Wisconsin Congressman Paul Ryan got the nod Saturday, ending months of speculation over who would join Romney on the GOP ticket.
At 42 years old, Ryan's relatively young age is raising some eyebrows. But he has heard this before. When first elected to congress in 1998, he was just 28, and one of the youngest lawmakers on Capitol Hill. Age didn't seem to be a big factor for the voters then, but it's certainly drawing attention now.
"He's young so I think there's a possibility that he may bring something new to the table some type of innovation," said Sylenthia Demeritt, a disabled veteran and Bay County resident.
"I think he's a good candidate for the right reasons," said Panama City resident Tim Conroy. "I think he brings youth and vitality to the campaign and will probably improve Romney's personality perception."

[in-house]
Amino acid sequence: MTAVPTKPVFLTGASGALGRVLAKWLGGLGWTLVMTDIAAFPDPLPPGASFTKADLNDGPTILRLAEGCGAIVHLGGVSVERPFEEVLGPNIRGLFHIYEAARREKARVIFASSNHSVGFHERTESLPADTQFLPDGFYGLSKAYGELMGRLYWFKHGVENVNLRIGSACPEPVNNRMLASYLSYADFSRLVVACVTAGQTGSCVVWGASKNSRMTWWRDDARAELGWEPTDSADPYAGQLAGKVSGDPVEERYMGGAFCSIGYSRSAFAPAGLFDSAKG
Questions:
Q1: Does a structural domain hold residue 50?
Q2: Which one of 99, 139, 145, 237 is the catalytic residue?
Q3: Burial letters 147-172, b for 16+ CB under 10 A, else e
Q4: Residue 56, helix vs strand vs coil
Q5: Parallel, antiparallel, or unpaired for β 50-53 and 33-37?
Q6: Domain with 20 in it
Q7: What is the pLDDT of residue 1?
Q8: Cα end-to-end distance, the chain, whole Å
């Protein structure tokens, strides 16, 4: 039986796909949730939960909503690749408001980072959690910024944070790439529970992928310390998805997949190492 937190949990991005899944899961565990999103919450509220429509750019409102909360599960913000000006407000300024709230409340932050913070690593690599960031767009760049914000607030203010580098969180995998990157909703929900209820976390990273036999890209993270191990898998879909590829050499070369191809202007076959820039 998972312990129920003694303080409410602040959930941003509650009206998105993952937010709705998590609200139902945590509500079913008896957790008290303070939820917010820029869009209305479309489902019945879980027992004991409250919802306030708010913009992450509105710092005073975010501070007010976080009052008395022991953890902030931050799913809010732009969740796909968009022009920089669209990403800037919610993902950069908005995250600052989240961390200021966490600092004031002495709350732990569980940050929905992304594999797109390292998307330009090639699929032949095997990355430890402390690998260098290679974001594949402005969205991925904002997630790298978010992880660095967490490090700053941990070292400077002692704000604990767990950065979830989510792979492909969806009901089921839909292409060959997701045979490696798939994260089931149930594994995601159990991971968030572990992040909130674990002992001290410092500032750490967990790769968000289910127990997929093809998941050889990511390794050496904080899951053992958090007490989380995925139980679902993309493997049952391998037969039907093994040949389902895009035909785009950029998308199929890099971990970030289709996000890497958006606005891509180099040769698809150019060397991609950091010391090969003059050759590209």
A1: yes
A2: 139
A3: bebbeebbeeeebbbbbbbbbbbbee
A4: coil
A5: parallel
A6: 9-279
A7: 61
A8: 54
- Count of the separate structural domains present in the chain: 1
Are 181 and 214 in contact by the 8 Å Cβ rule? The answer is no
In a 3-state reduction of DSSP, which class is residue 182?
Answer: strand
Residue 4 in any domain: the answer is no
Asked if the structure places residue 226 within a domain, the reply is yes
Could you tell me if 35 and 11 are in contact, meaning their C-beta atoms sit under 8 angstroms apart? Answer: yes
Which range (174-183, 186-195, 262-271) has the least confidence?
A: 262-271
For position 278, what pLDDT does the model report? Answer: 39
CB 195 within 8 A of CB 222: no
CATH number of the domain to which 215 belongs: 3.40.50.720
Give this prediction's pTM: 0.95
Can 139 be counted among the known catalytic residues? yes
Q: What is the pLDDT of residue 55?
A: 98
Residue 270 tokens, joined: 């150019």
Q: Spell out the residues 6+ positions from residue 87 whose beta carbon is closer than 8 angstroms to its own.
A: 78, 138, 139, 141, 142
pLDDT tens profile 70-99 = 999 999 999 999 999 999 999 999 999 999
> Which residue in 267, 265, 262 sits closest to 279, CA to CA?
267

While Republicans we spoke to support Ryan's young age, some Democrats insist older is wiser.
"I think Obama is a wise man," said David Caron. "He's got good goals he just doesn't have the help that he needs."
Those same voters say Ryan's youth could cause him to set priorities outside the mainstream.
"Instead of exploiting natural resources he should be kind of like organizing the government," said Caron.
Republican voters counter that Ryan's goals are good, and about one very important thing:
"Winning," said Conroy. "Really, winning this election is his goal and I hope the best outcome comes from that."
Whatever the outcome, hopeful Americans are looking for a shift in the future of our country.
"You know you can preach change from Republican or Democrat," said Demeritt. "But, you've got to want change.
The GOP ticket will be stamped in stone at the Republican National Convention, which starts August 27th in Tampa. There, Republicans will make Romney's run for president official.